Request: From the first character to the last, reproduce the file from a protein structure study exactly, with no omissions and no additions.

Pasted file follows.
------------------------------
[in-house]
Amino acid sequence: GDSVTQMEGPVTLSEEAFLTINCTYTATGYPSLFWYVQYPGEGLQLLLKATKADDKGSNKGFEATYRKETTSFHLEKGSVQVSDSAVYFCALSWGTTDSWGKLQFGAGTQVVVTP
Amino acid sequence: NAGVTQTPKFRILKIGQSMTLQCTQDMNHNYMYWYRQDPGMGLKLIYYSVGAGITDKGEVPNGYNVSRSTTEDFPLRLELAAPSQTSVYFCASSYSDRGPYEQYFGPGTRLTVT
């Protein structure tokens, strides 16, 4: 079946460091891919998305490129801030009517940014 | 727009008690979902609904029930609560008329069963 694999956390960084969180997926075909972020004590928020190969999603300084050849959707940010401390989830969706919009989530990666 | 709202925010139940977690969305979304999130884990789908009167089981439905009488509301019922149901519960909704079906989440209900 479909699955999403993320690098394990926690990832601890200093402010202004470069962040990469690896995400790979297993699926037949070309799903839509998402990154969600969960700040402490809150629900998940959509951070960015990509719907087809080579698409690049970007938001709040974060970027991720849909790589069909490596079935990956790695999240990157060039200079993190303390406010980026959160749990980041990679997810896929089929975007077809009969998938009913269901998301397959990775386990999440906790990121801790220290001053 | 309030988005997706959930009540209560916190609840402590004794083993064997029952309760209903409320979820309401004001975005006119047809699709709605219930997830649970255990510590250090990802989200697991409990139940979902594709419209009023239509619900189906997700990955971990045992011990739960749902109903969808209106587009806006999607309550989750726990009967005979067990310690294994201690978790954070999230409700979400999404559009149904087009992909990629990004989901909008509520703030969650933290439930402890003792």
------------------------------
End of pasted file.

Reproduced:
[in-house]
Amino acid sequence: GDSVTQMEGPVTLSEEAFLTINCTYTATGYPSLFWYVQYPGEGLQLLLKATKADDKGSNKGFEATYRKETTSFHLEKGSVQVSDSAVYFCALSWGTTDSWGKLQFGAGTQVVVTP
Amino acid sequence: NAGVTQTPKFRILKIGQSMTLQCTQDMNHNYMYWYRQDPGMGLKLIYYSVGAGITDKGEVPNGYNVSRSTTEDFPLRLELAAPSQTSVYFCASSYSDRGPYEQYFGPGTRLTVT
């Protein structure tokens, strides 16, 4: 079946460091891919998305490129801030009517940014 | 727009008690979902609904029930609560008329069963 694999956390960084969180997926075909972020004590928020190969999603300084050849959707940010401390989830969706919009989530990666 | 709202925010139940977690969305979304999130884990789908009167089981439905009488509301019922149901519960909704079906989440209900 479909699955999403993320690098394990926690990832601890200093402010202004470069962040990469690896995400790979297993699926037949070309799903839509998402990154969600969960700040402490809150629900998940959509951070960015990509719907087809080579698409690049970007938001709040974060970027991720849909790589069909490596079935990956790695999240990157060039200079993190303390406010980026959160749990980041990679997810896929089929975007077809009969998938009913269901998301397959990775386990999440906790990121801790220290001053 | 309030988005997706959930009540209560916190609840402590004794083993064997029952309760209903409320979820309401004001975005006119047809699709709605219930997830649970255990510590250090990802989200697991409990139940979902594709419209009023239509619900189906997700990955971990045992011990739960749902109903969808209106587009806006999607309550989750726990009967005979067990310690294994201690978790954070999230409700979400999404559009149904087009992909990629990004989901909008509520703030969650933290439930402890003792």